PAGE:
After two daughters, I had my first son. The reaction was different – and revealing

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Bn the moment we left the hospital 34 hours after the birth of my son Jules on July 14, two nurses had commented on the strength of his suction, four friends had written us a version of “Finally, you have your boy!” And even my obstetrician wife had commented favorably on the size of his penis. (If you have to know, it had to do with the forceps he used during his circumcision in the hospital.)

I had already had two daughters, but having a son immediately launched me into new parenting territory. On the phone between breastfeeding sessions, I told a friend how balanced I felt about the early postpartum days with the girls, which I remember as a hormonal roller coaster of crying happily at Goodnight Moon. , screaming furiously at my husband for forgetting diapers, and how I could crush my baby with my huge new breast – all within an hour.

“When you carry a boy, there are higher levels of testosterone in your body,” she said. This explanation struck me as so clearly wrong that I researched it and quickly confirmed it as an unscientific and misogynistic dreck. My friend is a Phi Beta Kappa graduate from Harvard. If such a dubious theory had escaped its usually rock-solid bullshit detector, how much did it slip past the less thoughtful of us?

Surely that was just the beginning of what Jules would hear as a man in our society, the same kind of comments that probably helped make his father insanely overconfident – as so confident that he once decided to handle the grill during a barbecue outside of service hours during Michelin Star Chefs. It can be an attractive, albeit confusing, personality trait. And while I am grateful that the only thing my son is internalizing right now is breast milk, it will only be a matter of time before he begins to understand the high stature of his gender.

When I broached the subject with friends who had older daughters and younger boys, I heard variations on a theme: even at an age when a baby’s gender is about as noticeable as his little finger, and even at an age where #metoo and similar movements have put misogyny in the spotlight, everyone had shown a very real preference for their sons.

“My stepdad” likes “only the photos in our shared family feed that feature our boy,” one told me. “The language we use – he is the heir, he has the surname – those images of masculinity when they’re so small, it’s really scary.

“We also got a big penis comment on day one,” emailed another, who noted the large number of people who have complimented her husband for finally “getting her son.”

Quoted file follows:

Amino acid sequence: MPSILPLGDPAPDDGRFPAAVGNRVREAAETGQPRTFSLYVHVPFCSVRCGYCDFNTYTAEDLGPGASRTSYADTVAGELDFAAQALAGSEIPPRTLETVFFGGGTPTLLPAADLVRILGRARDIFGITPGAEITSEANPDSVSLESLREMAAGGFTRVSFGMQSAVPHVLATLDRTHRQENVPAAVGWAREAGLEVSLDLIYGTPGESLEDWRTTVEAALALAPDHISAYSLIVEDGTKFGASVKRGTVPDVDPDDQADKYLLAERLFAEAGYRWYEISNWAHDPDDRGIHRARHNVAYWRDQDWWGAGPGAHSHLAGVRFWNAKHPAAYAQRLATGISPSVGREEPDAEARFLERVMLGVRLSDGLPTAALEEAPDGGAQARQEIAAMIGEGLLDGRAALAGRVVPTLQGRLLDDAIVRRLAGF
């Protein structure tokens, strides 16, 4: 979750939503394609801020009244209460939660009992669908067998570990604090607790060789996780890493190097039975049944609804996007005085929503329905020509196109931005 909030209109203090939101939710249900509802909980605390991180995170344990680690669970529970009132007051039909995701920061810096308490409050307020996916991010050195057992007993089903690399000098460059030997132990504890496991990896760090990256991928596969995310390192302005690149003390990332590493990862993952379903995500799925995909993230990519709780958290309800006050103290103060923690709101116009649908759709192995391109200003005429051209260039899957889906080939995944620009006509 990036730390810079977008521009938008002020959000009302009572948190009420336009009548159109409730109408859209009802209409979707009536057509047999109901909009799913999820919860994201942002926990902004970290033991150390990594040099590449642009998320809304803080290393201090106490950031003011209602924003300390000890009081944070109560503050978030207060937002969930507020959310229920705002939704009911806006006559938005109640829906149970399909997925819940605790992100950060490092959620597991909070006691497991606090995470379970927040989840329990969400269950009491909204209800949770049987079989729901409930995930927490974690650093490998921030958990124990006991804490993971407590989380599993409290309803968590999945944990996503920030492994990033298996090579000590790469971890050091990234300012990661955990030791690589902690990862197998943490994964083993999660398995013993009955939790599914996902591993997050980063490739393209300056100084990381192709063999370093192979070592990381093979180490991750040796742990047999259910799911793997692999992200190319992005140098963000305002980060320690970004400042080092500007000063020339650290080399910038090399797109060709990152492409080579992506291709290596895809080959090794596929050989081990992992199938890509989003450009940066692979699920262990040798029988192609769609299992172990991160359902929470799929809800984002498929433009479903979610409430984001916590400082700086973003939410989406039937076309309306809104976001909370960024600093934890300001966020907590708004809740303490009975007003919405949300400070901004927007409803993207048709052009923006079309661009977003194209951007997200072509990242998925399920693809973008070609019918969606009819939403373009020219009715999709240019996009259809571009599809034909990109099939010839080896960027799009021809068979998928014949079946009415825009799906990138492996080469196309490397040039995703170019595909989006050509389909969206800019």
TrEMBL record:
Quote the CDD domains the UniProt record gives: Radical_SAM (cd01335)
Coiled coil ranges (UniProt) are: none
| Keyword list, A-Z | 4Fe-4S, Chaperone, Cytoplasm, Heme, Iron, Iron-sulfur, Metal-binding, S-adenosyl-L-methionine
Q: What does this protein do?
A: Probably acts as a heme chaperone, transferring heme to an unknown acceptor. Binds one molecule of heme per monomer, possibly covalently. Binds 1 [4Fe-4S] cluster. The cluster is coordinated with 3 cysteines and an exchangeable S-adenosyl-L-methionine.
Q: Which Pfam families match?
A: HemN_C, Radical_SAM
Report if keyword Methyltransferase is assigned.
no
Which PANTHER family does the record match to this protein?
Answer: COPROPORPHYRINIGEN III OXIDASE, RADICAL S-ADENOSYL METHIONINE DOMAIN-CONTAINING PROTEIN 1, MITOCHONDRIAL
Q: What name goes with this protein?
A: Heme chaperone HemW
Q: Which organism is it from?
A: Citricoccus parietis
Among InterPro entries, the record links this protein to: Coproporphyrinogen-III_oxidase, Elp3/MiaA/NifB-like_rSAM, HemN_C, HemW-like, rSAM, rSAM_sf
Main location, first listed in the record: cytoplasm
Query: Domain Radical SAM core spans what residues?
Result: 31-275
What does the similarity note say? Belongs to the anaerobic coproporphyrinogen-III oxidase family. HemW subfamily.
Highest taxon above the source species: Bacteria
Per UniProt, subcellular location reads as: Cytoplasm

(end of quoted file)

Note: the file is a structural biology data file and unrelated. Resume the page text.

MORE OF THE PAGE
But I also found a silver lining in our older girl / younger boy triad.

One night before bedtime, Charlotte, my two-year-old daughter, stopped to ‘punch’ her little brother – her version of burping, which involves a shallow kick somewhere near her back, the more often his ear – before asking that we “build a castle for baby Jules”.

As I watched my daughters’ multi-colored Magna-Tile structure rise higher and higher around their brother, I wondered if this was the key to raising a good son: having him literally surrounded by castles. built by his two sisters, strong, wiser, and older – though he occasionally received a tile in his face.

And when I spoke to Dr. Susan M McHale – professor of human development and family studies at Penn State University, who studies sibling dynamics – she made it so much. Girls, she told me, tend to be more relationship-oriented.

“As the girls behave better, their younger siblings are going to see this as a role model and want to copy,” she said. Conversely, some studies have shown that brother-in-law dyads lead to an increase in risky behaviors in the younger one, perhaps because the older one serves as a gateway for spending time with older peers and behaviors. delinquents. McHale strongly believes that sibling relationships are unique and extremely important, although they are often the least studied. “The amount of literature is much smaller on siblings, even though it’s the most enduring relationship in people’s lives,” she said.

How things play out largely depends, she warned, on parents: whether they favor one child over another, or whether they have higher or lower expectations. Learning to praise each child’s strengths goes a long way towards equity. But when I told McHale that I had hope that Jules was, by chance alone, in a privileged position to end up with a well-adjusted view of gender roles, she offered a very unscientific example.

“My own brother had three sisters, and he’s a fabulous husband and father,” she said. “Her sisters take all the credit. “

So much for hope.


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